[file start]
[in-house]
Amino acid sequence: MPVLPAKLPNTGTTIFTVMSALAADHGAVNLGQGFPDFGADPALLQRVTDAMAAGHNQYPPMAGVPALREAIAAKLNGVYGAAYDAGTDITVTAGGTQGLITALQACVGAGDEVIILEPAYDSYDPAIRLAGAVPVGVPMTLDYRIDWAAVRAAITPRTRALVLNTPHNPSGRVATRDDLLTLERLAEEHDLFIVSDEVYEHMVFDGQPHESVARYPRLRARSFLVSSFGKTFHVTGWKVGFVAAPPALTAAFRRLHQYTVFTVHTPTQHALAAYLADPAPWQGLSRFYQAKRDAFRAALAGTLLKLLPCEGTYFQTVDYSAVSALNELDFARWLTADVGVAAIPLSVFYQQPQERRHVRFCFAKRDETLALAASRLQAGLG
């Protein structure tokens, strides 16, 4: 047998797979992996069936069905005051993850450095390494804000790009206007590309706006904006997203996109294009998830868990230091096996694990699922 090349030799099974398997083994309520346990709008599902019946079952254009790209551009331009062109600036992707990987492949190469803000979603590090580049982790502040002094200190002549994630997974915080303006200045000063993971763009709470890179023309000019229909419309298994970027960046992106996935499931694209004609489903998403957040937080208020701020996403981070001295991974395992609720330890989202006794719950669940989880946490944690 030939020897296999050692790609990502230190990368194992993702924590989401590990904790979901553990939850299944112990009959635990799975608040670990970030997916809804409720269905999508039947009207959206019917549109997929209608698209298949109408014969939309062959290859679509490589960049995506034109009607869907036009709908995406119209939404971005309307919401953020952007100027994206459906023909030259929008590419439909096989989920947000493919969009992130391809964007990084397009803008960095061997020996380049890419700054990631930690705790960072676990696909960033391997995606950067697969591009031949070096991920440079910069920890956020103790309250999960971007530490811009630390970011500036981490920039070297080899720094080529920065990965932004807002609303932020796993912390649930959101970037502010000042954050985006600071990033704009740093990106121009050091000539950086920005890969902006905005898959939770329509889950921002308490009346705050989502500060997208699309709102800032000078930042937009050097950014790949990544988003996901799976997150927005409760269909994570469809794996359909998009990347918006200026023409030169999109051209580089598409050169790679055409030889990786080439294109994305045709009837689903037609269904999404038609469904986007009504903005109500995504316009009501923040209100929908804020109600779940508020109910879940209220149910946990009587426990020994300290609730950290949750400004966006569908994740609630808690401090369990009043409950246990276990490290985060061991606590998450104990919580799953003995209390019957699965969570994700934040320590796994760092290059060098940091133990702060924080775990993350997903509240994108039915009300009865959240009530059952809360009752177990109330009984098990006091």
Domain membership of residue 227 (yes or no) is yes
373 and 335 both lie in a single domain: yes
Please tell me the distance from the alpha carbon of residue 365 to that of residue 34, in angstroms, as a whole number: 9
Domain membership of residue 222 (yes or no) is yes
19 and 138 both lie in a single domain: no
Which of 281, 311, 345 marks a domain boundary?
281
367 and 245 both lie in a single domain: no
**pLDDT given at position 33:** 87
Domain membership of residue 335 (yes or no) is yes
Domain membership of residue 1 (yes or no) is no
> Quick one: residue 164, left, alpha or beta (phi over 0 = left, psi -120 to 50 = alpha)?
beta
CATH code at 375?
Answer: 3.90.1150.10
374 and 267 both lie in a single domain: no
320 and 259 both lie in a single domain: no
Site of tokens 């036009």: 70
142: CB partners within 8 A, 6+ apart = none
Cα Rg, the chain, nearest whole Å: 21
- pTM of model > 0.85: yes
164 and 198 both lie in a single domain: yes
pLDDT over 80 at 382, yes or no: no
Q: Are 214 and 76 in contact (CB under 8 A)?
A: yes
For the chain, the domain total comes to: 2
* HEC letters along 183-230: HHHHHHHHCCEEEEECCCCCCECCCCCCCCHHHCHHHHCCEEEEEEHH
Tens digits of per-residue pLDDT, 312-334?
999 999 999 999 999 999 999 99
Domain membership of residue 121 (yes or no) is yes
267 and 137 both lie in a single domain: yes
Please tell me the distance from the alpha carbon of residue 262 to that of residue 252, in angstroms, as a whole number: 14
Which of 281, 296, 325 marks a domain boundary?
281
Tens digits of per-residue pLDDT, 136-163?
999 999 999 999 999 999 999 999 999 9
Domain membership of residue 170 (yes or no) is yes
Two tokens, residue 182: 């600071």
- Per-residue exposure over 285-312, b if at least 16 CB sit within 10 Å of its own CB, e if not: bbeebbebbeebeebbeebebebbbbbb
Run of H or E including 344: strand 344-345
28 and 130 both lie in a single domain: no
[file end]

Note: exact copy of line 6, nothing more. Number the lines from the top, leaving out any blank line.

Please tell me the distance from the alpha carbon of residue 365 to that of residue 34, in angstroms, as a whole number: 9